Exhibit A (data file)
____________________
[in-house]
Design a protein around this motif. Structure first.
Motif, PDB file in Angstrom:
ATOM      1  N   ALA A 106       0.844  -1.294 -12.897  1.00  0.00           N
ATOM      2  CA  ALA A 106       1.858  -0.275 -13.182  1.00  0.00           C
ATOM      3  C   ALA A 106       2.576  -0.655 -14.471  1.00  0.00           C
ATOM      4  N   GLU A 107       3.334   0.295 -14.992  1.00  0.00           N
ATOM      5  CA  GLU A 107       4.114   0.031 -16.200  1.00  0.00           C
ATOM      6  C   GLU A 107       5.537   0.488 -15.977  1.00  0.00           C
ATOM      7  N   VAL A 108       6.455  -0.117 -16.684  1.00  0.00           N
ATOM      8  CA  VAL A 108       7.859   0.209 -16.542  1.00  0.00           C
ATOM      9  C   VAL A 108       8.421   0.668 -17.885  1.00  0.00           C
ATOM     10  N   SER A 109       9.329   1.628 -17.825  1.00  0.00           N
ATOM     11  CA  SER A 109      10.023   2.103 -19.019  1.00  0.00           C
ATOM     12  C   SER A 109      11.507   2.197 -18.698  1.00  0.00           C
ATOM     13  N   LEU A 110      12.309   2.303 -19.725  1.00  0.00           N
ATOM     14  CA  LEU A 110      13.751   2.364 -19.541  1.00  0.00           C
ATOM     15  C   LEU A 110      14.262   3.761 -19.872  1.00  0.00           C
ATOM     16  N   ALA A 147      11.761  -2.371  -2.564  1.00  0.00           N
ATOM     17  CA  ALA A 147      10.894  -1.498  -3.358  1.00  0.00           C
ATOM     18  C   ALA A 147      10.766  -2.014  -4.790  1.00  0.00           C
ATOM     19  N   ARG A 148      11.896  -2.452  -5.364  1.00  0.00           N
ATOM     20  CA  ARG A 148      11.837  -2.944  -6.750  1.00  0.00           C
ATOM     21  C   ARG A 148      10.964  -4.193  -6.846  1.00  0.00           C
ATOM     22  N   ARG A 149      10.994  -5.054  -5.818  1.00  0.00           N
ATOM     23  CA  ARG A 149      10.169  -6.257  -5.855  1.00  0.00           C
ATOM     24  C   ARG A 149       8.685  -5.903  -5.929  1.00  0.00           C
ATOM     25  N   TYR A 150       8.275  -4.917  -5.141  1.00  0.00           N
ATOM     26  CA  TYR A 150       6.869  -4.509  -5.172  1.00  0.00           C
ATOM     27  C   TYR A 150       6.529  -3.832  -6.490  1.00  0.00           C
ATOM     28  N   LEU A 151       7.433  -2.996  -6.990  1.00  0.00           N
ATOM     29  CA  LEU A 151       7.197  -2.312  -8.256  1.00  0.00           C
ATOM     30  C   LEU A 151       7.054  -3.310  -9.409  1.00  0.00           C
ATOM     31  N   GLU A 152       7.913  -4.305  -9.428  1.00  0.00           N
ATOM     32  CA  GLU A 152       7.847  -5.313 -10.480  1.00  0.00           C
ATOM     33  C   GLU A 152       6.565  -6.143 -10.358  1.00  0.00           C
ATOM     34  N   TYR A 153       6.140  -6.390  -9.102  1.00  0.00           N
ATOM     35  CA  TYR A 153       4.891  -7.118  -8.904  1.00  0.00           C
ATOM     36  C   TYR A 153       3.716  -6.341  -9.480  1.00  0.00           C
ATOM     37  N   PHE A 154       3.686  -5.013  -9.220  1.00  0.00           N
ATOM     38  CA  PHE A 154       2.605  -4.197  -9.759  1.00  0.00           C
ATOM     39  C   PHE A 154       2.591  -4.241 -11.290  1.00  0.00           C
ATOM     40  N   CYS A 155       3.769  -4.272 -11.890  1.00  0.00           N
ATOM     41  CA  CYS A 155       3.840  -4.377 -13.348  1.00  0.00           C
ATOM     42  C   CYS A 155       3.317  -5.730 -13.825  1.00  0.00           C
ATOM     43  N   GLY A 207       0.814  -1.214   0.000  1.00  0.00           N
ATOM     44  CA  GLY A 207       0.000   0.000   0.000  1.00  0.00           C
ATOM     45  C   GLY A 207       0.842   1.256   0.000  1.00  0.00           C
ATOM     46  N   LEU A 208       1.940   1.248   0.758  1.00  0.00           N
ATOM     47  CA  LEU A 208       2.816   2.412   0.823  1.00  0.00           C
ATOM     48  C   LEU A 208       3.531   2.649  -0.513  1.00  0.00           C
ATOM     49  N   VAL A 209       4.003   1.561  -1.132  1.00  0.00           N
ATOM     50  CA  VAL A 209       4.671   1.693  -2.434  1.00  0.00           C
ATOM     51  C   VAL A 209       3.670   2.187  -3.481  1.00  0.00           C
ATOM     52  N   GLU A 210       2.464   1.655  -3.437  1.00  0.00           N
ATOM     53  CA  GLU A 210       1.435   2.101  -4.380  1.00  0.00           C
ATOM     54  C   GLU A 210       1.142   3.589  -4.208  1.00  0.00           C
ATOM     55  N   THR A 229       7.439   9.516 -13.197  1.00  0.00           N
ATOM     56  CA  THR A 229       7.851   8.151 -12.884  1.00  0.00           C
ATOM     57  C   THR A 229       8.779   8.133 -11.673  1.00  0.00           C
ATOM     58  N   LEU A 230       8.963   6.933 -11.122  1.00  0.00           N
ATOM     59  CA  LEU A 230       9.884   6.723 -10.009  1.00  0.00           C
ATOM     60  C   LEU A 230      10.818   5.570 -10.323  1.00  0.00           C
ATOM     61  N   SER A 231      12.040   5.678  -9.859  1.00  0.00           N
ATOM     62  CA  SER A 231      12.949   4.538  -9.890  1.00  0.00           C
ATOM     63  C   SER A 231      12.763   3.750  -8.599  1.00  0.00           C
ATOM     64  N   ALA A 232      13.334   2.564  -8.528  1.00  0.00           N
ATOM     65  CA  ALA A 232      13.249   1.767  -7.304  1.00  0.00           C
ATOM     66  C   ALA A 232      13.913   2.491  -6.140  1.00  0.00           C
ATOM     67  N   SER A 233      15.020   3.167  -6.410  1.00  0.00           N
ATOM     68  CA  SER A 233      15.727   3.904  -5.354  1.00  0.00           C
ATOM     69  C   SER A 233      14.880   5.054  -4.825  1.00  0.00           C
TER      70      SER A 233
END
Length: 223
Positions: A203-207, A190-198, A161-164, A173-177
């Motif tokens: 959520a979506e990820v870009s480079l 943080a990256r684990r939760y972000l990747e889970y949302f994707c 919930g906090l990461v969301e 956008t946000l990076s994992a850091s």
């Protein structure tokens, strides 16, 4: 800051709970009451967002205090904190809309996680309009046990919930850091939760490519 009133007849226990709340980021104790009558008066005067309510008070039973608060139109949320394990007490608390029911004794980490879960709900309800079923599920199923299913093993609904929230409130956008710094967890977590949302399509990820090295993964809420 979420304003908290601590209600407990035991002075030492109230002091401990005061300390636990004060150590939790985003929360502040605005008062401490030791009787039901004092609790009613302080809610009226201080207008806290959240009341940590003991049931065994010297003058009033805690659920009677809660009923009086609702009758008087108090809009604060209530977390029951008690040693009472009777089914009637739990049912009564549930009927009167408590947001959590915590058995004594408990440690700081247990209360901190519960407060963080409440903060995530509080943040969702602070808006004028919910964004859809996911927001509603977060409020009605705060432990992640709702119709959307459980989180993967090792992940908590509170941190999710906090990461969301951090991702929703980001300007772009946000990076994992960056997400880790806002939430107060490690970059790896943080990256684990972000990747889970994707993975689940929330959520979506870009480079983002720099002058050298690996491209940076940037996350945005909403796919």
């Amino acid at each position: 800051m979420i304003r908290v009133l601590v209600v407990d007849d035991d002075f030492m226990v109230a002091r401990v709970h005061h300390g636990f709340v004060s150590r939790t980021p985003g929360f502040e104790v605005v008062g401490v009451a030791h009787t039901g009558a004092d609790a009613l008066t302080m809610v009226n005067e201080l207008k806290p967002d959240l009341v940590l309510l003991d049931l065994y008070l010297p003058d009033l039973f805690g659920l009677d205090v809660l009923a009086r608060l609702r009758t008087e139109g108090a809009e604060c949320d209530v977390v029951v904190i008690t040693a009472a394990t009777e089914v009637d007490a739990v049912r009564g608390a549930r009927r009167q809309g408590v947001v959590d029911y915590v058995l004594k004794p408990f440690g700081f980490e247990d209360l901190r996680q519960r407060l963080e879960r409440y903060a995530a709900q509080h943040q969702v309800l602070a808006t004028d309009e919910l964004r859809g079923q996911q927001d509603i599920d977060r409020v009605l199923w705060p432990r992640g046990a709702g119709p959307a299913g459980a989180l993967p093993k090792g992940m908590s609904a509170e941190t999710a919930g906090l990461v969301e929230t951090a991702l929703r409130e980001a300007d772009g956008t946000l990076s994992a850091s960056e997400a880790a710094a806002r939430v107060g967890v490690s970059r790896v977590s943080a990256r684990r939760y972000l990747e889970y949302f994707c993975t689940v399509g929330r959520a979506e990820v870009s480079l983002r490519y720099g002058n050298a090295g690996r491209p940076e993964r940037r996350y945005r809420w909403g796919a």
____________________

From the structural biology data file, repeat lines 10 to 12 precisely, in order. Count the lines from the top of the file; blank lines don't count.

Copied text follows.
ATOM      7  N   VAL A 108       6.455  -0.117 -16.684  1.00  0.00           N
ATOM      8  CA  VAL A 108       7.859   0.209 -16.542  1.00  0.00           C
ATOM      9  C   VAL A 108       8.421   0.668 -17.885  1.00  0.00           C